One of the best strategy games ever made, Imperialism is the rare turn-based game that strikes a near-perfect balance between economics, diplomacy, and military action set in a fictitious 19th century world. As in the real world, success depends on the ability to manage the economics -- you can’t drive a war machine for long without a robust economy under the hood. Different natural resources -- foodstuffs, iron, coal, timber and cotton -- are essential for fueling the empire, for creating the trade goods, and cannons necessary for survival. Extracting these resources and maximizing your production is as involving and as challenging as anything this side of Capitalism; and while that may not be everyone’s cup of tea (and the learning curve can be steep), Imperialism treats its subject with such care and detail that hard-core strategy gamers can’t help but be delighted. |
Your role is as one of the world's Great Powers eager for world domination. Your goal is to build the Empire through conquest, diplomacy, and trade (which is all-important in the game, since your country does not have the resources to be self-sufficient). The world market, of course, runs on a supply and demand system: you can only buy what other countries are willing to sell you. This makes diplomacy important--you can use treaties, trade subsidies, and outright bribery to become the favored trade partner of suppliers of important resources. Building a strong economy, with a steady supply of resources and a steady output of finished goods and troops, is the key to world domination.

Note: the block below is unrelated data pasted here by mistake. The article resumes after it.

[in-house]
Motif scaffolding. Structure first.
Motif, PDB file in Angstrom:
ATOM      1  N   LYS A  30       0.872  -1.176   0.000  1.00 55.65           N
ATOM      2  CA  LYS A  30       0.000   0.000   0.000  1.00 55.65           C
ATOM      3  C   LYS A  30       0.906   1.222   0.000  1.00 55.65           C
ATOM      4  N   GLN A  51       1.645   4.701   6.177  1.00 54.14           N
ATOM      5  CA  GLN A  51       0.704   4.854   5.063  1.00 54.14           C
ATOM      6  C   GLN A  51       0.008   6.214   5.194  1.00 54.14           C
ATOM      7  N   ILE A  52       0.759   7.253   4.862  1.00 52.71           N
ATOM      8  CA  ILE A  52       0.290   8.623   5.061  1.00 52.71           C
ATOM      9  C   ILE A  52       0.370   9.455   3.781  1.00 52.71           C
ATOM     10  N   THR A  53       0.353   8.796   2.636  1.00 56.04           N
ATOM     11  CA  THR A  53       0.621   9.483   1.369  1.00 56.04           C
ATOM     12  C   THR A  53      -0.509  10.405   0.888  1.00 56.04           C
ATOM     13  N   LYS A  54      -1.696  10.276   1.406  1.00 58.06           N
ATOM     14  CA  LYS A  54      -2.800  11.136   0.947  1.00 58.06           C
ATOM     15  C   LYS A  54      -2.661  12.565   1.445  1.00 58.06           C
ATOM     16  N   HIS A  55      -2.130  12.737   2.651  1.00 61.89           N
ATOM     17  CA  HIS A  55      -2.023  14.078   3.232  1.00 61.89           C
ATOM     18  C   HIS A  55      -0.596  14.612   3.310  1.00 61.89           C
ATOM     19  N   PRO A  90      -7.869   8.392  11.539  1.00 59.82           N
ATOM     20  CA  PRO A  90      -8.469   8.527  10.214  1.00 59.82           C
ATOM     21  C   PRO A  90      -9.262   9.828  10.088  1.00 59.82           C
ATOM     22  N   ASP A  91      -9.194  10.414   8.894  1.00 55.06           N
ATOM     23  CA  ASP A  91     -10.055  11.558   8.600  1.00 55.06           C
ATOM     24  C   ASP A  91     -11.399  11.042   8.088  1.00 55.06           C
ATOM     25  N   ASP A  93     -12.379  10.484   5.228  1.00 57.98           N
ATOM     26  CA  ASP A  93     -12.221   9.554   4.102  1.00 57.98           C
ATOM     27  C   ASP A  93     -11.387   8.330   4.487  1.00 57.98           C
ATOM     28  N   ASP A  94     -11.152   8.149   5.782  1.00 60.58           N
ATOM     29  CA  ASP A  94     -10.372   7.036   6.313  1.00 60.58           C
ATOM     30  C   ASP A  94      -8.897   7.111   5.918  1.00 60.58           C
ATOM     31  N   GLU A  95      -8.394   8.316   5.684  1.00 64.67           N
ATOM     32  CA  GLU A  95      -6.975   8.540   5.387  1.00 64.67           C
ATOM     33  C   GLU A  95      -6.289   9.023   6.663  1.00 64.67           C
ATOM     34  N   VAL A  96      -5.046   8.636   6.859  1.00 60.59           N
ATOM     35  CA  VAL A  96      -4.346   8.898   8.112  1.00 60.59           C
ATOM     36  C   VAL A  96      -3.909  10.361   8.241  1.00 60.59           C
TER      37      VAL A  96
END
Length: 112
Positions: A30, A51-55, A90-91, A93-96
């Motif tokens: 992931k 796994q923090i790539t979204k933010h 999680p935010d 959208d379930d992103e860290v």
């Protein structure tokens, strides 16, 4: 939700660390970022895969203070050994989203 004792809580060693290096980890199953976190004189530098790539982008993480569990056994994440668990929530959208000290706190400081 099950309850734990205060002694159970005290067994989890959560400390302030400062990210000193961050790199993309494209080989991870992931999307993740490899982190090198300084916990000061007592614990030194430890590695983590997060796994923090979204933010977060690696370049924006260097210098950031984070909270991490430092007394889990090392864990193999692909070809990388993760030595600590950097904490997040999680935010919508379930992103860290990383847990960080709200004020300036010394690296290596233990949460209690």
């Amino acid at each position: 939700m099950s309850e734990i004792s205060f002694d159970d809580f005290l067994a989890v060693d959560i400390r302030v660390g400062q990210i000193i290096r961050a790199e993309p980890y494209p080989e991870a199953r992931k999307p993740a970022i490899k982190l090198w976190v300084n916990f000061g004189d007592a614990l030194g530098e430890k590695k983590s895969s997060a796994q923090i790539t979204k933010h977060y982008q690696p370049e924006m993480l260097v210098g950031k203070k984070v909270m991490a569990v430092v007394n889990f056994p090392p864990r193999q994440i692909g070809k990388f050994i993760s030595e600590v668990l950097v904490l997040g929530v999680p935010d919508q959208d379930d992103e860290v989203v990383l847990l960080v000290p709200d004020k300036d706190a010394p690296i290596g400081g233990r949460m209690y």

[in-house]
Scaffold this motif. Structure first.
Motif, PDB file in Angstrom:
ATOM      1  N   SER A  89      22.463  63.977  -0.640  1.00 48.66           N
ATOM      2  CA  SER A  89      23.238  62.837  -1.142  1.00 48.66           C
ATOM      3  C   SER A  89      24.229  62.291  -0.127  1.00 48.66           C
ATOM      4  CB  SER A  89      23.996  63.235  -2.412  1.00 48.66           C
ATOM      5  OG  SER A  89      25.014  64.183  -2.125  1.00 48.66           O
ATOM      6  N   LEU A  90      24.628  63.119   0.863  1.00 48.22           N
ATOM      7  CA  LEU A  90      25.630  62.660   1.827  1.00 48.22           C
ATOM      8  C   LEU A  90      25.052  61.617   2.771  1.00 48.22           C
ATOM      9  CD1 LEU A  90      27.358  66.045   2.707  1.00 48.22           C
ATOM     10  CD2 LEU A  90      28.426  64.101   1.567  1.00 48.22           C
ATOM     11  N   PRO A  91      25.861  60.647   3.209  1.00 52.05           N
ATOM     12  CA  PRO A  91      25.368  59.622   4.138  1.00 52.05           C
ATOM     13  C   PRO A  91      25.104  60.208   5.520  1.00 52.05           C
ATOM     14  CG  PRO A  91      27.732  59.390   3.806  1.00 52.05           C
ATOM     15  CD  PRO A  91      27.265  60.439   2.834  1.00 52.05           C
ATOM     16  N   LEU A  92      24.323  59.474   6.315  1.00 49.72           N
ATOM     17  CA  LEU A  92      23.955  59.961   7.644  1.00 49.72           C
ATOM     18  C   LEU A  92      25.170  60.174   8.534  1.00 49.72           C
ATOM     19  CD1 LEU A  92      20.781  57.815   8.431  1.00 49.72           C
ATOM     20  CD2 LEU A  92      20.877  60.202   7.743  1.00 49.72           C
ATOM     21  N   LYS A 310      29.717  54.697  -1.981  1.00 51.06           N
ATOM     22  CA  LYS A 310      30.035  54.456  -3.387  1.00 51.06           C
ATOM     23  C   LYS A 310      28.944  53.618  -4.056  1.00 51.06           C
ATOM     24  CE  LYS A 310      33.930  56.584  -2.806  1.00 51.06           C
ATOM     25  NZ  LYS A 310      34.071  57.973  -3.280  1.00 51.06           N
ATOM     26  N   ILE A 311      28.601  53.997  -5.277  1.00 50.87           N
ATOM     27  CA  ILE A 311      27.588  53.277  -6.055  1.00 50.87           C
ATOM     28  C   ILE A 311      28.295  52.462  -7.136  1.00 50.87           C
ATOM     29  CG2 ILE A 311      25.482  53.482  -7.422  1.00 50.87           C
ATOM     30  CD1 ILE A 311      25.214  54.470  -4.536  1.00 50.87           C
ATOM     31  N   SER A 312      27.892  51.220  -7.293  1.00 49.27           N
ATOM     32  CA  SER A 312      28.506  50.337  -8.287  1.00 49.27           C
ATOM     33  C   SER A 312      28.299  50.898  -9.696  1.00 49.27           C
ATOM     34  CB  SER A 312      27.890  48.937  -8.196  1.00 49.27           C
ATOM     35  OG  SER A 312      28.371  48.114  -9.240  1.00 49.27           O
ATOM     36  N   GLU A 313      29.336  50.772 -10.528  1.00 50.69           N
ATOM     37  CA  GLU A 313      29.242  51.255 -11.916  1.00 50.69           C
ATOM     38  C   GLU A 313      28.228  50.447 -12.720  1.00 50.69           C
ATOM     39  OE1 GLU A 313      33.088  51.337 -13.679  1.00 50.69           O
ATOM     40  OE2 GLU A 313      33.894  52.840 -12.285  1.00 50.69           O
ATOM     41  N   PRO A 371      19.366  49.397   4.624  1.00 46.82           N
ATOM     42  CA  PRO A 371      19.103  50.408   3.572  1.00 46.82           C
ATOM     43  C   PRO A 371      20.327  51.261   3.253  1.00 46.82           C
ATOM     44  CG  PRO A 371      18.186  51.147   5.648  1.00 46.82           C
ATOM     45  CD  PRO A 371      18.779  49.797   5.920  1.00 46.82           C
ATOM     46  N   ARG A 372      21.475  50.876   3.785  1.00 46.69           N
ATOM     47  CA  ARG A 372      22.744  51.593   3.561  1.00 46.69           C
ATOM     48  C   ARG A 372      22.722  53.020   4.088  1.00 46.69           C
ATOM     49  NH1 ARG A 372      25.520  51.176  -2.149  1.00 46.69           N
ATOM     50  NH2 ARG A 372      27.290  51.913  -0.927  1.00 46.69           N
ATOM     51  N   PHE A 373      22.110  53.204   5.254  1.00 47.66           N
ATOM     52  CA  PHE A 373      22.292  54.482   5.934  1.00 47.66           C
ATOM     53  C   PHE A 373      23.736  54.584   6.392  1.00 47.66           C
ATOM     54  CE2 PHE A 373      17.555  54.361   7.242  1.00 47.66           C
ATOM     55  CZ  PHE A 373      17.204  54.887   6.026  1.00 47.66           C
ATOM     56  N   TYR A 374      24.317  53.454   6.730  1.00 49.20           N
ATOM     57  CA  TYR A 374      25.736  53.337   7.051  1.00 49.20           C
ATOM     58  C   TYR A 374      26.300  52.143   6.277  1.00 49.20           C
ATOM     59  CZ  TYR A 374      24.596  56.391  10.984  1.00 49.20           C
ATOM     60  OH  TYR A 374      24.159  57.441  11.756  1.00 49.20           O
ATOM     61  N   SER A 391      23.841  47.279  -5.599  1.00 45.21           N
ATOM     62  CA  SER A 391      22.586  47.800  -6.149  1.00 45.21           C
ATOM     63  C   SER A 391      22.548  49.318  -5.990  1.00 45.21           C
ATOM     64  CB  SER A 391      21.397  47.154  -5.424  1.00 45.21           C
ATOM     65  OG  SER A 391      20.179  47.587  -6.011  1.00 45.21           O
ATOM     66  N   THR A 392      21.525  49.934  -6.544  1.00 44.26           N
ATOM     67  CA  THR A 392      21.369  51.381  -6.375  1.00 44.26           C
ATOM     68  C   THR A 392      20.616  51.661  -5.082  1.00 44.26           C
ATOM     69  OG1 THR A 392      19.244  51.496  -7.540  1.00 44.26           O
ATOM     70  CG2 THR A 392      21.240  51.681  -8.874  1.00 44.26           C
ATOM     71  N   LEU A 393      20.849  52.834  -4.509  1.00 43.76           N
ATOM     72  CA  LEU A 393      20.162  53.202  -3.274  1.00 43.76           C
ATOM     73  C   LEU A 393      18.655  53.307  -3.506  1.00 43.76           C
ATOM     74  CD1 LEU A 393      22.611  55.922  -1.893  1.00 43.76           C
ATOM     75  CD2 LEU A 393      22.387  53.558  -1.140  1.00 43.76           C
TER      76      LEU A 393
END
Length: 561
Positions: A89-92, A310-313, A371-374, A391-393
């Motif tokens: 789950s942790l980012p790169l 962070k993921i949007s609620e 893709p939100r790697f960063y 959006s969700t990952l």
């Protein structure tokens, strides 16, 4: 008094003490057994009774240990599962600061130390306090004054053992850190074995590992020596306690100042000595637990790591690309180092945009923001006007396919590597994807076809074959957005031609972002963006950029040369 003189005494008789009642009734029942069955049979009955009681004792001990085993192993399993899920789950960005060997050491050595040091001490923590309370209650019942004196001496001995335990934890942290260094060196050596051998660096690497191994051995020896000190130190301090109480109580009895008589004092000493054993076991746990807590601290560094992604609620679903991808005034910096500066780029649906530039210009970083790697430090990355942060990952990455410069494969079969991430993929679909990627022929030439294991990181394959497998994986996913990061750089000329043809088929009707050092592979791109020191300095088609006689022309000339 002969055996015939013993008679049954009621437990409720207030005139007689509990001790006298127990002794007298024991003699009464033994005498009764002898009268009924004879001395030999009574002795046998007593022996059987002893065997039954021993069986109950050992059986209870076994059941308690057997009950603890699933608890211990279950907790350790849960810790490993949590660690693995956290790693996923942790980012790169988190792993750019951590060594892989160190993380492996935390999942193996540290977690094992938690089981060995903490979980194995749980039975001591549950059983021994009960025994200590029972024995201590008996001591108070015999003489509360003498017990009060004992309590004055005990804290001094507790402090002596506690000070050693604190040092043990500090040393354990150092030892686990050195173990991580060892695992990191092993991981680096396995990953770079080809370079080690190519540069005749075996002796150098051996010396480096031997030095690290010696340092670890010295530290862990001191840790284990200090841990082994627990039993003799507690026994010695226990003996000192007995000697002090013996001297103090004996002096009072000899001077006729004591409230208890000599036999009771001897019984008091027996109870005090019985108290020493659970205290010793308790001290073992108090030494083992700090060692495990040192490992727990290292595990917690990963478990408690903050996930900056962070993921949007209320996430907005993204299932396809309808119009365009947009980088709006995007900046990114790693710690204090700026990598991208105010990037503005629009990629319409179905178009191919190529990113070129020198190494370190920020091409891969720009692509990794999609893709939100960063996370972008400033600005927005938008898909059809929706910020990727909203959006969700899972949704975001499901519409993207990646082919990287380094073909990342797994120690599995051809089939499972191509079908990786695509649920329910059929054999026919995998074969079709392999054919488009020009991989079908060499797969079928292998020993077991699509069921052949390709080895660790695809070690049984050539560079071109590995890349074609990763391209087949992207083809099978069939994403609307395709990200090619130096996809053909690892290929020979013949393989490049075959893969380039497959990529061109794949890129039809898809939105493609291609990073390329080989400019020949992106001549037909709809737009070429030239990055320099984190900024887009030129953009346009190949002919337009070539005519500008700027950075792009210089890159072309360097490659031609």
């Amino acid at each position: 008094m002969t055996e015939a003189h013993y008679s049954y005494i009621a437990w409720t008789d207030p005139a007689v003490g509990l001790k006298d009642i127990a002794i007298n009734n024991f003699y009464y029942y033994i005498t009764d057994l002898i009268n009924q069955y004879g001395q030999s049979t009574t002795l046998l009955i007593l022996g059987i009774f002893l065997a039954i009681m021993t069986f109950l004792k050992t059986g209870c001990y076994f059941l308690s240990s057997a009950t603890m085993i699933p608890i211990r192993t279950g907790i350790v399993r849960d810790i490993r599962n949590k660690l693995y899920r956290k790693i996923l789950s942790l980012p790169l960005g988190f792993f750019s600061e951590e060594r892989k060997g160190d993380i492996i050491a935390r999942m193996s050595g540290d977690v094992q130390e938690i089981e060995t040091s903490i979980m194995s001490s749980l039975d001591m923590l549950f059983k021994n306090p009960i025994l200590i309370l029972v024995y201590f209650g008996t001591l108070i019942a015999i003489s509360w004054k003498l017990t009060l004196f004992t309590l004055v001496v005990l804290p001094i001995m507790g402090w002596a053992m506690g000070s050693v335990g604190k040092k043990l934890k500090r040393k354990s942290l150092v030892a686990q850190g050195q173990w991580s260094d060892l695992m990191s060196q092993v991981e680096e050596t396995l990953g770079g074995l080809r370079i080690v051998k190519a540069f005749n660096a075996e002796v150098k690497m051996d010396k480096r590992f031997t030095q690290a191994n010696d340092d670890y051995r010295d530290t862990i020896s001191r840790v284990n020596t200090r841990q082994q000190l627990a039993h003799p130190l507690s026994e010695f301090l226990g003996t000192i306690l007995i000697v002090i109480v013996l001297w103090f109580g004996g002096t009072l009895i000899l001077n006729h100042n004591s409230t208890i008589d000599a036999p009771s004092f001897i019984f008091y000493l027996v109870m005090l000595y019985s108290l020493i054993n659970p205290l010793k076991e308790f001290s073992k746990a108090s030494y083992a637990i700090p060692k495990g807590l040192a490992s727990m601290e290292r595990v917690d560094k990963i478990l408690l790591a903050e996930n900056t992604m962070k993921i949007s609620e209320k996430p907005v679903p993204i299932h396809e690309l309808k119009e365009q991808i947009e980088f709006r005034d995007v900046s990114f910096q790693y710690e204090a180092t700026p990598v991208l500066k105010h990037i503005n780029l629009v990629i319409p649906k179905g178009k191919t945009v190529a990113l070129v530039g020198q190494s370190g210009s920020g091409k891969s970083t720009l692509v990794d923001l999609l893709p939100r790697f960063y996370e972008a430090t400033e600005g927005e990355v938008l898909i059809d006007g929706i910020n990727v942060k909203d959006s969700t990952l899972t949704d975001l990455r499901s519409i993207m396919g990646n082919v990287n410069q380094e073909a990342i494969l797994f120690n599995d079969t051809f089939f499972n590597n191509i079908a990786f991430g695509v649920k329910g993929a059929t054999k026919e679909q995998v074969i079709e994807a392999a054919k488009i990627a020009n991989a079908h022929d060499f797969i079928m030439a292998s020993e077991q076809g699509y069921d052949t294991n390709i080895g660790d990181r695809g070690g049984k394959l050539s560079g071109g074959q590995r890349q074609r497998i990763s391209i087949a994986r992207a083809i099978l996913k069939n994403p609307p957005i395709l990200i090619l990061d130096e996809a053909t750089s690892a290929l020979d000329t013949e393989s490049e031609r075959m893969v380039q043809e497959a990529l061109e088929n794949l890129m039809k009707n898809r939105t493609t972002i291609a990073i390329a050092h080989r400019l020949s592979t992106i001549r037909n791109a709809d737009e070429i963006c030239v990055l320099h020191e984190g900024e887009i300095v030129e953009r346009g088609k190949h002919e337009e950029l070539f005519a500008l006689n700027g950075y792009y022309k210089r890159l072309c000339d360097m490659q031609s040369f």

Although it looks similar to Civilization, Imperialism is a very different game that relies much more on a (very elegant) system of interdependencies of the various elements. Perhaps the best way to illustrate this is by means of an example. Similar to the Settler unit in Civilization, you need non-combat units to improve productivity of your nation. These include Miner, Forester, Prospector, and so on. In order to create one of these units, you need a highly trained worker as well as a supply of paper. But trained and expert workers are at a premium, i.e. you must first educate them, which costs money and paper. To get paper you need wood, which only comes from forests. And you need a certain number of basic necessities, e.g. grain and livestock, before you can even recruit and untrained worker who can be further educated to "trained" and "expert" levels. Military units, logically, require more advanced products such as steel and armanents. This intricate interdependencies of the various components in your industrial development machine mean that an important key to success in the game is to develop a constant flow of natural resources -- timber, coal, cotton and iron -- with which to grow your economy and build your defenses. But inevitably your productivity will outstrip the resources of your own homeland, at which point you will be in danger of invasions from aggressive rivals. The scarcity of resources is thus a powerful impetus for aggressive expansion, trade, and diplomacy, which is what the middle and end game sessions of Imperialism is all about.